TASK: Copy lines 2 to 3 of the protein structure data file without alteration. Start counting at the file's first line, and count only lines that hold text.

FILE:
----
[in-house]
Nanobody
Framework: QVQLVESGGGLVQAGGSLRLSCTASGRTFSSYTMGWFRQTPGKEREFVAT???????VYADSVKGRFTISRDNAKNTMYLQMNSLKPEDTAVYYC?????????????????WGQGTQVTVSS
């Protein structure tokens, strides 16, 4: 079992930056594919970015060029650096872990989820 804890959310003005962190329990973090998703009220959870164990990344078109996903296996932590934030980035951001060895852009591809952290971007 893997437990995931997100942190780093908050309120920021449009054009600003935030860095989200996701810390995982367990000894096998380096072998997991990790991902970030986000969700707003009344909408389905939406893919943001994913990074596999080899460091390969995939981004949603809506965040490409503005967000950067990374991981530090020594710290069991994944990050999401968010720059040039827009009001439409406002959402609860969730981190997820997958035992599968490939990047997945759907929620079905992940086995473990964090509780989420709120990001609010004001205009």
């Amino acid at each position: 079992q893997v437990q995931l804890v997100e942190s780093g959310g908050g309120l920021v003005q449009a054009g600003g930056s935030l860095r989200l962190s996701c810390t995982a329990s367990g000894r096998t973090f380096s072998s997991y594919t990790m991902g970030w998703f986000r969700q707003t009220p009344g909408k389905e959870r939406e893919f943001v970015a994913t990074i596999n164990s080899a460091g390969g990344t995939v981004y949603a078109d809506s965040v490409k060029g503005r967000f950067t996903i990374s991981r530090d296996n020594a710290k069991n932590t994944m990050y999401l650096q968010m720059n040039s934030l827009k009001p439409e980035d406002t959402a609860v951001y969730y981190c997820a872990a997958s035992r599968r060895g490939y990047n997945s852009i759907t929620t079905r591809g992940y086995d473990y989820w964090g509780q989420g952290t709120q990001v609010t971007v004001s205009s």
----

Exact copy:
Nanobody
Framework: QVQLVESGGGLVQAGGSLRLSCTASGRTFSSYTMGWFRQTPGKEREFVAT???????VYADSVKGRFTISRDNAKNTMYLQMNSLKPEDTAVYYC?????????????????WGQGTQVTVSS